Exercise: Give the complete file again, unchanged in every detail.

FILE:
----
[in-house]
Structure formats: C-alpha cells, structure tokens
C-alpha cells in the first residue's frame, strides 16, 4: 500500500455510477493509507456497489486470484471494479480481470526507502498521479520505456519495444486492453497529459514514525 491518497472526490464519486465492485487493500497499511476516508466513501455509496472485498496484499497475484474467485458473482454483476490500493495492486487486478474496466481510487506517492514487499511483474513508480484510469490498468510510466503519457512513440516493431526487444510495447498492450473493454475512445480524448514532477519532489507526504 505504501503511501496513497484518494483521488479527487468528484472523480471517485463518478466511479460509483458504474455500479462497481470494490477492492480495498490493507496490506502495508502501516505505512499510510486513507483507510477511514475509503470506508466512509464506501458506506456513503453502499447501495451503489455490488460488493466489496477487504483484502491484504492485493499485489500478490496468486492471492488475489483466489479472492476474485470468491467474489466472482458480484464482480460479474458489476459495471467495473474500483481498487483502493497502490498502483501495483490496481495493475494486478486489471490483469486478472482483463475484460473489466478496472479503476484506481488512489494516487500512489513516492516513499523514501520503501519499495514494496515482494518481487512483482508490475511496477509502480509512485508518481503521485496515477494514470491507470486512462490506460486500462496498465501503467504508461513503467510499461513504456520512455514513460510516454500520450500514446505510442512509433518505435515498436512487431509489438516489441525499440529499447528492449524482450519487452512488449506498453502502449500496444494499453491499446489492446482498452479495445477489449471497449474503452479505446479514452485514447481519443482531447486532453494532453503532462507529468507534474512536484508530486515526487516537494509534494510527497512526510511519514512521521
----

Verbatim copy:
[in-house]
Structure formats: C-alpha cells, structure tokens
C-alpha cells in the first residue's frame, strides 16, 4: 500500500455510477493509507456497489486470484471494479480481470526507502498521479520505456519495444486492453497529459514514525 491518497472526490464519486465492485487493500497499511476516508466513501455509496472485498496484499497475484474467485458473482454483476490500493495492486487486478474496466481510487506517492514487499511483474513508480484510469490498468510510466503519457512513440516493431526487444510495447498492450473493454475512445480524448514532477519532489507526504 505504501503511501496513497484518494483521488479527487468528484472523480471517485463518478466511479460509483458504474455500479462497481470494490477492492480495498490493507496490506502495508502501516505505512499510510486513507483507510477511514475509503470506508466512509464506501458506506456513503453502499447501495451503489455490488460488493466489496477487504483484502491484504492485493499485489500478490496468486492471492488475489483466489479472492476474485470468491467474489466472482458480484464482480460479474458489476459495471467495473474500483481498487483502493497502490498502483501495483490496481495493475494486478486489471490483469486478472482483463475484460473489466478496472479503476484506481488512489494516487500512489513516492516513499523514501520503501519499495514494496515482494518481487512483482508490475511496477509502480509512485508518481503521485496515477494514470491507470486512462490506460486500462496498465501503467504508461513503467510499461513504456520512455514513460510516454500520450500514446505510442512509433518505435515498436512487431509489438516489441525499440529499447528492449524482450519487452512488449506498453502502449500496444494499453491499446489492446482498452479495445477489449471497449474503452479505446479514452485514447481519443482531447486532453494532453503532462507529468507534474512536484508530486515526487516537494509534494510527497512526510511519514512521521